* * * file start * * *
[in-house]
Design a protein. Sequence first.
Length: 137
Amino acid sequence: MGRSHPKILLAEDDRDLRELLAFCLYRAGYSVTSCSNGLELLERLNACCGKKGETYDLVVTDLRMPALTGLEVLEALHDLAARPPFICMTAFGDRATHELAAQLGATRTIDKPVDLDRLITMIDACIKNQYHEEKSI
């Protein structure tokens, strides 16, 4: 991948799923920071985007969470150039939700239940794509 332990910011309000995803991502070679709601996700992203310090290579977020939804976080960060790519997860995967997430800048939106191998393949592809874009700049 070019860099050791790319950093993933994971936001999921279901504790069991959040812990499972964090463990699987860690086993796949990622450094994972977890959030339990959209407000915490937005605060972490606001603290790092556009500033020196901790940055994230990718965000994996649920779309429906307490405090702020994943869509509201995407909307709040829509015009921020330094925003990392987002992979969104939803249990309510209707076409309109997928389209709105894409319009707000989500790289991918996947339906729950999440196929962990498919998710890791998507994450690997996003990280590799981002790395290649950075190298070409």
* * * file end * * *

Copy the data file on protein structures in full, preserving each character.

[in-house]
Design a protein. Sequence first.
Length: 137
Amino acid sequence: MGRSHPKILLAEDDRDLRELLAFCLYRAGYSVTSCSNGLELLERLNACCGKKGETYDLVVTDLRMPALTGLEVLEALHDLAARPPFICMTAFGDRATHELAAQLGATRTIDKPVDLDRLITMIDACIKNQYHEEKSI
């Protein structure tokens, strides 16, 4: 991948799923920071985007969470150039939700239940794509 332990910011309000995803991502070679709601996700992203310090290579977020939804976080960060790519997860995967997430800048939106191998393949592809874009700049 070019860099050791790319950093993933994971936001999921279901504790069991959040812990499972964090463990699987860690086993796949990622450094994972977890959030339990959209407000915490937005605060972490606001603290790092556009500033020196901790940055994230990718965000994996649920779309429906307490405090702020994943869509509201995407909307709040829509015009921020330094925003990392987002992979969104939803249990309510209707076409309109997928389209709105894409319009707000989500790289991918996947339906729950999440196929962990498919998710890791998507994450690997996003990280590799981002790395290649950075190298070409």